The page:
- February 23, 2022
- Posted by: Dream_liner
- Categories: Blog, News, Policy Engagement
Husbands and Boyfriends primary perpetrators of SGBV – Study
Majority of survivors reported physical and psychological violence
By Evans Nyagwara
A pilot study conducted by Kenyatta University Women’s Economic Empowerment Hub’s Sexual and Gender Based Violence (SGBV) research team has identified Husbands (84.4%) and boyfriends (9.4%) as the biggest perpetrators of the vice. The study on Sexual and Gender Based Violence (SGBV) seeks to evaluate the effectiveness of Rescue Recovery and Rehabilitation Programmes (RRRPs) in preventing and responding to SGBV in Nakuru and Makueni Counties, and test acceptability and efficacy of the Tamar Campaign Model packaged in Reflect Circles in challenging the culture of silence surrounding SGBV among families and communities in Tharaka Nithi County. The pilot targeted 32 women SGBV survivors from three non-state RRRPs and GVRCs to establish the types of SGBV experienced, assistance sought and received and the economic status of survivors, 81.2% of survivors were aged between 26 and 45 years. The study revealed that 62.2% of the women depended on the informal sources of livelihood. Further, the study shows that more than half (62.5%) had attained only primary and secondary level of education while only 28.1% had middle level college and university education. 90% of these survivors got married or started living with partners when they were aged 18-25 years.
Since the majority of the survivors were aged between 26 yrs and 46yrs, the economically productive ages of the individuals’ life cycles were greatly affected. Many got married at a young age and depended on informal sources of livelihood. These factors predisposed most of the survivors to high dependency on the partners. This explains why the primary perpetrators were husbands and boyfriends. Moreover, the study points out that dependency was the main reason why majority of the survivors stayed in the abusive relationships for a long period of time (more than 7 years) before seeking help.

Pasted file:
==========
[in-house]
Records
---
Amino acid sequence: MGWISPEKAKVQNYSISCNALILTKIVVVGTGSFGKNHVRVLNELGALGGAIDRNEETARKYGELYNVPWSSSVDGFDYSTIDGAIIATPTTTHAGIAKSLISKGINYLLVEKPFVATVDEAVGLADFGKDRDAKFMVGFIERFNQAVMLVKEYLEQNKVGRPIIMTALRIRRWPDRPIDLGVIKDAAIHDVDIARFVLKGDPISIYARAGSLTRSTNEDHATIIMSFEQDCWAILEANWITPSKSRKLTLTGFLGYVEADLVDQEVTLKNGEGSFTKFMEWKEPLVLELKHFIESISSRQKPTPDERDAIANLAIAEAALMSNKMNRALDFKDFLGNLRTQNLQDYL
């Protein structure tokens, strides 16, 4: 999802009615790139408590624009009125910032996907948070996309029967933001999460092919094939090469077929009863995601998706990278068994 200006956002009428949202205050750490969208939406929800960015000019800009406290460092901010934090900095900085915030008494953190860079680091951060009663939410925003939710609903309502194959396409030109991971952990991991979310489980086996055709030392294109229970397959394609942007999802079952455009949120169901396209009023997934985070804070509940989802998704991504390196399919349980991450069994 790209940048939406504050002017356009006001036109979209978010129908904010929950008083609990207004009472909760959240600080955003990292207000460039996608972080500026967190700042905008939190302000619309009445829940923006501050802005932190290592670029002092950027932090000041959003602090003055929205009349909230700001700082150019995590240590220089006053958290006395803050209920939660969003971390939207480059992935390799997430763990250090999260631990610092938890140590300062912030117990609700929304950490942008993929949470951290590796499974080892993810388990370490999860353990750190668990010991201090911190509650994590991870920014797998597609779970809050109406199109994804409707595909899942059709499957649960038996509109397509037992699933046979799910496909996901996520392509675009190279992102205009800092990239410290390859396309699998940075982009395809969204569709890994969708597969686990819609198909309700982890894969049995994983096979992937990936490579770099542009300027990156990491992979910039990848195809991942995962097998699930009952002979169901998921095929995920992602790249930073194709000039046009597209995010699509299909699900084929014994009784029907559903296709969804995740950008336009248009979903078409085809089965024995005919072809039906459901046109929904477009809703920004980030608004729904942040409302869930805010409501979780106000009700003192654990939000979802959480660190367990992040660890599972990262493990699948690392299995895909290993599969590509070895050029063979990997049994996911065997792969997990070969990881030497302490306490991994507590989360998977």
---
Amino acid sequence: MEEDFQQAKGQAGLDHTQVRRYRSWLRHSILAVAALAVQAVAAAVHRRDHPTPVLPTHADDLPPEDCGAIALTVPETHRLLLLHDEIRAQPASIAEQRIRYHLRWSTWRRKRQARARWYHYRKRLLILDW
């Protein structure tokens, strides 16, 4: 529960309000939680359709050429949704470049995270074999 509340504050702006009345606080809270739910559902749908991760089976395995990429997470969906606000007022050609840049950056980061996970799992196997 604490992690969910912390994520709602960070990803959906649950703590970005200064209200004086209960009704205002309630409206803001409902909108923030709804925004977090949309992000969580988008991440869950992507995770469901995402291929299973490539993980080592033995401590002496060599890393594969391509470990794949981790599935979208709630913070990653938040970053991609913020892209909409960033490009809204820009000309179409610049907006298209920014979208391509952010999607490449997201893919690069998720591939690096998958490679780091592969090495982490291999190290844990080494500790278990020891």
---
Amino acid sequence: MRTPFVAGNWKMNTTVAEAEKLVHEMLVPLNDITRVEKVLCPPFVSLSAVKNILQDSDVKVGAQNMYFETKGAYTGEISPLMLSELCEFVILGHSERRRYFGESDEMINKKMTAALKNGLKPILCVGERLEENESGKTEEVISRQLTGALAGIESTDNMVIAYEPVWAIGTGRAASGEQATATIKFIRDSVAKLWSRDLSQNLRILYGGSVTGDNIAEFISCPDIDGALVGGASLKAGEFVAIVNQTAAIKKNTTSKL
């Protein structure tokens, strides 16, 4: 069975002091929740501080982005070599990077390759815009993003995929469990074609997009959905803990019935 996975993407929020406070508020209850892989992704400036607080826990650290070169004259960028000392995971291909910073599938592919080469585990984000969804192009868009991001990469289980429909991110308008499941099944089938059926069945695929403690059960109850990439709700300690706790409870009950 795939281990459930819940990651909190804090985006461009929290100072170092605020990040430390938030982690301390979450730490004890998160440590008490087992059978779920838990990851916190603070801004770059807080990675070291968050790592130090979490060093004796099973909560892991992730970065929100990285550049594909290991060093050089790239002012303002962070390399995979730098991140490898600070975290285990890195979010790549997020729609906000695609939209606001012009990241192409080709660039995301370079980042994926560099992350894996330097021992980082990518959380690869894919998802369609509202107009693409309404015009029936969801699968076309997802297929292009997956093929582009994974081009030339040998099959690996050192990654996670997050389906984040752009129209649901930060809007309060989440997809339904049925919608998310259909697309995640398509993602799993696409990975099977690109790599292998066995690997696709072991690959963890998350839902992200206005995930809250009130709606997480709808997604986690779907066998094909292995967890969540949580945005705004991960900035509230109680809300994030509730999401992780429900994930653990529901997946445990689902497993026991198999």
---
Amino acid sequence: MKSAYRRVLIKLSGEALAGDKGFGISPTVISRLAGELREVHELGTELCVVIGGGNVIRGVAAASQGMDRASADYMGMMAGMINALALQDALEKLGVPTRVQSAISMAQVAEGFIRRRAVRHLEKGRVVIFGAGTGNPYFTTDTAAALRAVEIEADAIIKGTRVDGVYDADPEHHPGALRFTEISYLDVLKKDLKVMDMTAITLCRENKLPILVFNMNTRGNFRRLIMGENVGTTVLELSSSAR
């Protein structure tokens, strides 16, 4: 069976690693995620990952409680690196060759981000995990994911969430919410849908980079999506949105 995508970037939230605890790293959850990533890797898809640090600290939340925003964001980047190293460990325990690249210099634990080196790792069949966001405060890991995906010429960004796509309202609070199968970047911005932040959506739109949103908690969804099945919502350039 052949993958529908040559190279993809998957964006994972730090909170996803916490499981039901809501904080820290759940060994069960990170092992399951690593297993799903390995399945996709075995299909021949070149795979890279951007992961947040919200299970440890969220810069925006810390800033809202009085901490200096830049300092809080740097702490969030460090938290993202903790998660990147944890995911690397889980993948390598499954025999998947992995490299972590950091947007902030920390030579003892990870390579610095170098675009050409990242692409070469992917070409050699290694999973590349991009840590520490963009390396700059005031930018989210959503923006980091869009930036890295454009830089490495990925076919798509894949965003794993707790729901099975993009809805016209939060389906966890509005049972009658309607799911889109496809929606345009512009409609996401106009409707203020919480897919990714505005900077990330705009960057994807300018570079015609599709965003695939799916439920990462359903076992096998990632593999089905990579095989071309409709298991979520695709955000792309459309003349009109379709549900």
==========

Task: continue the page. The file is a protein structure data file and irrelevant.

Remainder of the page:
Looking at the forms of violence perpetrated, 90.6% of the survivors had suffered physical violence followed by psychological/emotional violence (78.1%). Sexual and economic violence were reported by 46.9% and 59.4% of the survivors respectively. According to the study, these forms affect the economic productivity of the women greatly.
A majority of the survivors sought psychological counseling followed by medical care at 96.9% and 75% respectively. 46.9% sought legal assistance and only 25% needed a safe place and therefore needed shelters.
The survivors who went through the RRRPs/GVRCs programme , the reports on the economic impact of the programmes on the survivors show that there was marked improvement on survivors’ income after the programs regardless of whether they had an economic empowerment component or not. Specifically, experiences gained from the program facilitated survivors to reflect on their status and how they could survive without the violent partners, a factor that energized them to become self-reliant and less vulnerable.
It is evident from the study that combination of young age at marriage, low level of education and limited economic resources and opportunities translates into high level of dependency of the survivors on their partners. This increases the vulnerability of the women to Sexual Gender-Based Violence (SGBV).
Although psychological and medical care are the priority forms of assistances sought by SGBV survivors, and offered by GVRCs, legal services, business training, start-up capital and shelters are adjunct services needed. A strong referral network is needed to diversify the services provided, to enable survivors benefit from a comprehensive range of services to make their recovery wholesome.